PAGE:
January 29, 2023
‘Alive The Present’ blurs traces between viewers and performer, yoga and dance

Contained in the venue at The Arts Campus at Willits on Jan. 11, “Alive: The Present” appeared and felt like a nightclub, with a DJ on stage and colourful lights and tables on the facet the place folks may cease for a drink.

Although a lot of the attendees eventually week’s present wore stretchy yoga apparel, nobody would look misplaced in a shiny prime and tight denims, both. Individuals can put on no matter makes them really feel snug within the surroundings, and that features “going out garments” that would slot in simply as nicely at a membership in downtown Aspen.

The distinction between “Alive: The Present” and, say, a typical DJ set at The Stomach Up, is that the members on the dance flooring have been utterly in alignment with the dancers on the stage, mirroring the actions very similar to folks in a yoga class may match the actions and breaths of their teacher.

The present, an providing from the yoga studio Aspen Shakti, is even impressed by the favored Shakti class “The Physique Alive,” and expands on the “Alive: The Present” trial run that occurred on the studio in downtown Aspen in late September.

Aspen Shakti founder and proprietor Jayne Gottlieb mentioned in an interview on the Shakti studio final week that the “Alive: The Present” expertise blurs the traces between viewers and artist.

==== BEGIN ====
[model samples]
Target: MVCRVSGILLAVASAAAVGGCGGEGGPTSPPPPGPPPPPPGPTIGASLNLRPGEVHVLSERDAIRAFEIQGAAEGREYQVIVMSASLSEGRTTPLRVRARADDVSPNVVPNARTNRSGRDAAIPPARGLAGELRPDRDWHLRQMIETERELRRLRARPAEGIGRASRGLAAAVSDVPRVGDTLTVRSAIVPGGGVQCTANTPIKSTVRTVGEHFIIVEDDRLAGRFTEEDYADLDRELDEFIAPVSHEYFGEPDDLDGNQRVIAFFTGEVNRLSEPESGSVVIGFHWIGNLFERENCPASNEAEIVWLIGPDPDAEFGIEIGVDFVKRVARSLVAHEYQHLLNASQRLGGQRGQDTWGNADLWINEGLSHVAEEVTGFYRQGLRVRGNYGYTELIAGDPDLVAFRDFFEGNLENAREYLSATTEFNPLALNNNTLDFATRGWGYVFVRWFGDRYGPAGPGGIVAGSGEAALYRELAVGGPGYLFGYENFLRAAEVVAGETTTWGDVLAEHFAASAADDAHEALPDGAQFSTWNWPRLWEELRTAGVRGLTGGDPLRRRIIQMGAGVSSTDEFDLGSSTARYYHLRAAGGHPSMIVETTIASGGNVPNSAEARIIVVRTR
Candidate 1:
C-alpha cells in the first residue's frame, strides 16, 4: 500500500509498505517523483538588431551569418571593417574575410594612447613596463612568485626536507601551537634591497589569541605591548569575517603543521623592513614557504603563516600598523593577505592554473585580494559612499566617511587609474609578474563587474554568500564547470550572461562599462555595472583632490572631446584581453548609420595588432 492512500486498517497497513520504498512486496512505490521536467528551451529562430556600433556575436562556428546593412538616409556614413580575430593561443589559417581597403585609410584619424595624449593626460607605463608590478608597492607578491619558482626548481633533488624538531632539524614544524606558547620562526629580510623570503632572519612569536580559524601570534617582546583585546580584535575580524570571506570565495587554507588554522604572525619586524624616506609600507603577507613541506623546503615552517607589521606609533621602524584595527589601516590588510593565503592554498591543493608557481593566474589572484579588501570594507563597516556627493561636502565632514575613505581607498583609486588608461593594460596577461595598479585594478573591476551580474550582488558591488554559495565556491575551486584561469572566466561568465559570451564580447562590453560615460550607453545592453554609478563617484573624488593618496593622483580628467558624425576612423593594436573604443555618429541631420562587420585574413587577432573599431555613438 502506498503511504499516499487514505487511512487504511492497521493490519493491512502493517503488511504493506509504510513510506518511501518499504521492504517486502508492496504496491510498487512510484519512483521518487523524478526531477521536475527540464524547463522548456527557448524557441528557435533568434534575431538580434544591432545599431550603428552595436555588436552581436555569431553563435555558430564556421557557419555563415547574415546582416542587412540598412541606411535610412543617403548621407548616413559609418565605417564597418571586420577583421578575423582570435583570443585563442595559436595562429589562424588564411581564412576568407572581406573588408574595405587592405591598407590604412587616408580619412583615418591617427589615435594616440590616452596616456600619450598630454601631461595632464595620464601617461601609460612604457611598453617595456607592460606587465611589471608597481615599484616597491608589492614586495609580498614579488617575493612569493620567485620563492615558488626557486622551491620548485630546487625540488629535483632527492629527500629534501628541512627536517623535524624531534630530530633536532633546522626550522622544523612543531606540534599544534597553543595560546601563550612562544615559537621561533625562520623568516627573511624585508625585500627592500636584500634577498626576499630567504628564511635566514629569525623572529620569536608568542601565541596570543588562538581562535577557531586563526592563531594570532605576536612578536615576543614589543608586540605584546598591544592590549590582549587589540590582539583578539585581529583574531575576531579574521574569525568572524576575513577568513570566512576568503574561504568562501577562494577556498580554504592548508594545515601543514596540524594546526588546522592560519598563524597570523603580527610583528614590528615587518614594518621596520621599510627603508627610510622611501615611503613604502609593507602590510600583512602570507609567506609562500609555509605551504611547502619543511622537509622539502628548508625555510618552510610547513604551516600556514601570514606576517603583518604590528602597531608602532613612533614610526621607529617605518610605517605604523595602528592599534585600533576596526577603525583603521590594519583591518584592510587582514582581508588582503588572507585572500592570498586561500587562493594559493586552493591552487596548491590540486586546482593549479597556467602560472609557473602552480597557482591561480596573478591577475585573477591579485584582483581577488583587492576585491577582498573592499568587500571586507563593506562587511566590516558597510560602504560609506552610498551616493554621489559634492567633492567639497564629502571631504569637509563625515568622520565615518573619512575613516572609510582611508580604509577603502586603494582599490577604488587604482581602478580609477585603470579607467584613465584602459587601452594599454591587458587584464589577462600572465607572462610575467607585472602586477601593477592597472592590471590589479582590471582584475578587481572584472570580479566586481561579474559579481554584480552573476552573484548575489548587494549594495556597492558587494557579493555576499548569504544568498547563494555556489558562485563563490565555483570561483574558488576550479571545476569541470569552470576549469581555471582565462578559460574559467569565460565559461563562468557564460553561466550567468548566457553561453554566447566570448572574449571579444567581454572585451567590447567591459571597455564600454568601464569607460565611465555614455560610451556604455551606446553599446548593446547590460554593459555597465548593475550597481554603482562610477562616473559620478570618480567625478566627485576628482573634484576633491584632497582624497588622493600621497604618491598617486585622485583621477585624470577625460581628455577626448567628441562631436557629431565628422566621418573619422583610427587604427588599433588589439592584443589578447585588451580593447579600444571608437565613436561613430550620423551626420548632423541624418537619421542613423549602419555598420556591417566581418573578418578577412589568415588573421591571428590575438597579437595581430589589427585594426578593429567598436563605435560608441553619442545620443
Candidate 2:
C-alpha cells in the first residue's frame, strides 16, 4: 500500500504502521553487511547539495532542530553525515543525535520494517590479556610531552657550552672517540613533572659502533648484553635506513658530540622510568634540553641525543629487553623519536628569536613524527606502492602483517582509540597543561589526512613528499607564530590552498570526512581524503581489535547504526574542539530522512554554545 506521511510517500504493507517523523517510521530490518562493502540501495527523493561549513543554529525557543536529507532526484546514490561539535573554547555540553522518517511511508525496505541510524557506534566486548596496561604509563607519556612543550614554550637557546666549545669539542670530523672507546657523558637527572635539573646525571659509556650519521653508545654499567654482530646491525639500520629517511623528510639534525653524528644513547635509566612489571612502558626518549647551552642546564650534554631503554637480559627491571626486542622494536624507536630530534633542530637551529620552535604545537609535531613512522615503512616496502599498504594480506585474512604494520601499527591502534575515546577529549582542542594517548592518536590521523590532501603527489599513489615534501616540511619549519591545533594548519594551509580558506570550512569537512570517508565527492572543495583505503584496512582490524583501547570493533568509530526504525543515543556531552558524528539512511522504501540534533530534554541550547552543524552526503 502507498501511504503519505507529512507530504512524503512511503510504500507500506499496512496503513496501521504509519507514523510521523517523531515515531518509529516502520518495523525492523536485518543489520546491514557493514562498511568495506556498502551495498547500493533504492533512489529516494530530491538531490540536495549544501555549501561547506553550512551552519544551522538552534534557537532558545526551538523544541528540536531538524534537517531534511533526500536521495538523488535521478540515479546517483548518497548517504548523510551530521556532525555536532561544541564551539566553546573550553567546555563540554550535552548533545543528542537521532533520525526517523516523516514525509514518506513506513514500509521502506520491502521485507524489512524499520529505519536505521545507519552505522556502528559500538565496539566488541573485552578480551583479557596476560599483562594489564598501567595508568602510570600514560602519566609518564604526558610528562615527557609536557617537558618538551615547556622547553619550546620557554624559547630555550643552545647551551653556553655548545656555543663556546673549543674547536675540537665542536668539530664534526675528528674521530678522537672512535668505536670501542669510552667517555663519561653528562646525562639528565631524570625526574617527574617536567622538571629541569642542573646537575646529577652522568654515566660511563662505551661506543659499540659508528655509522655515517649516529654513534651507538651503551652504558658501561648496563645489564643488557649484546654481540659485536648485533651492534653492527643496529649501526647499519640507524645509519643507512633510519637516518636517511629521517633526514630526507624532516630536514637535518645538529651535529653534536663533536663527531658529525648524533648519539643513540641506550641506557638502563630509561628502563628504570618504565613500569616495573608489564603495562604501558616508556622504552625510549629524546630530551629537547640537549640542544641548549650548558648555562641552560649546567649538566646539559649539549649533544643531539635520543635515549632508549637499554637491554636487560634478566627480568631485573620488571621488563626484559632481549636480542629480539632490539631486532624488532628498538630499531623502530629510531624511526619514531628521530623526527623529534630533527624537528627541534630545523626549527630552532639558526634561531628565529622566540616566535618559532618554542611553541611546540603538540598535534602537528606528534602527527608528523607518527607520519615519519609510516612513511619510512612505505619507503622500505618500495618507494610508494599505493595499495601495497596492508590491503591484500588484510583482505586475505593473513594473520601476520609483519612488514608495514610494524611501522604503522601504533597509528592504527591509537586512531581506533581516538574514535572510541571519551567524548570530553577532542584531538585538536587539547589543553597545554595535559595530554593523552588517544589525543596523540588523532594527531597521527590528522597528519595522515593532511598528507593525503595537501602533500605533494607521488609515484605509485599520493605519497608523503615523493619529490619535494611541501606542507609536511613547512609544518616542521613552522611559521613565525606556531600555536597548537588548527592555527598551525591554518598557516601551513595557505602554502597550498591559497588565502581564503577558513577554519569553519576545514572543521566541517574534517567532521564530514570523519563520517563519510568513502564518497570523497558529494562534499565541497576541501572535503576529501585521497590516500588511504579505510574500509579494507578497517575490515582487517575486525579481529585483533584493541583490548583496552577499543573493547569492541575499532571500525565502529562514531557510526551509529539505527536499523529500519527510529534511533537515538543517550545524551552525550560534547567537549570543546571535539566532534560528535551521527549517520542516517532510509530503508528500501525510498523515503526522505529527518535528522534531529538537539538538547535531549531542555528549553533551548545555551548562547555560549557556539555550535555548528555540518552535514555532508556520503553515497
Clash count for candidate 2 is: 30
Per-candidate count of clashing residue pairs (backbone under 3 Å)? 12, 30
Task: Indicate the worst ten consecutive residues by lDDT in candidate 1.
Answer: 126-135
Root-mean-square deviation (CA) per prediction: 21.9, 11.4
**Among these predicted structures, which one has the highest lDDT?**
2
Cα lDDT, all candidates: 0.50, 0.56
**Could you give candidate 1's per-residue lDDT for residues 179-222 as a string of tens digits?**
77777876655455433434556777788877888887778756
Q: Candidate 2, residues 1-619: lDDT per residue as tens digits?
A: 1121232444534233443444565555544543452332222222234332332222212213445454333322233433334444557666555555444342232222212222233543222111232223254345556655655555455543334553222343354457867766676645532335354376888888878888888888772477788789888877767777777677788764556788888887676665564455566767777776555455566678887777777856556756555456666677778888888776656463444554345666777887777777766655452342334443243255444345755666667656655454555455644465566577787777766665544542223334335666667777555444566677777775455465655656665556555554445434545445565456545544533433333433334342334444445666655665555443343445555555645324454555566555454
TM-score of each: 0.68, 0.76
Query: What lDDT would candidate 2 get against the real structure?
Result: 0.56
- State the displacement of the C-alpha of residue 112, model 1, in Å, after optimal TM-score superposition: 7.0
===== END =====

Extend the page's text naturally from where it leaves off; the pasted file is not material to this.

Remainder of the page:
“It is a very yogic precept that there isn’t any separation, that all of us can really feel the magical aliveness, the circulation of power in our our bodies,” she mentioned.

“Stream” is a founding precept of the expertise, based on Gottlieb, and it was evident in how she led dancers by means of synchronized actions at TACAW final week.

“We’re guiding folks into their our bodies to really feel what we name ‘alive’ or outline ‘alive’ because the uncensored circulation of power within the physique,” she mentioned.

Gottlieb says the aim of “Alive: The Present” is accessibility, particularly for individuals who won’t in any other case join a yoga class, and inclusion, too, represented within the cohort of dancers she calls “Flygirls.”

“The Flygirls and their expression and our completely different ages and our completely different our bodies actually, I hope, serve the thought and the idea that that is for everybody, and that our our bodies change and the way in which we transfer them and categorical ourselves adjustments over time,” she mentioned. “It is about feeling good in your physique about transferring and respiration and being collectively as a group.”

“Alive: The Present” returns to TACAW for an additional iteration on February eighth.

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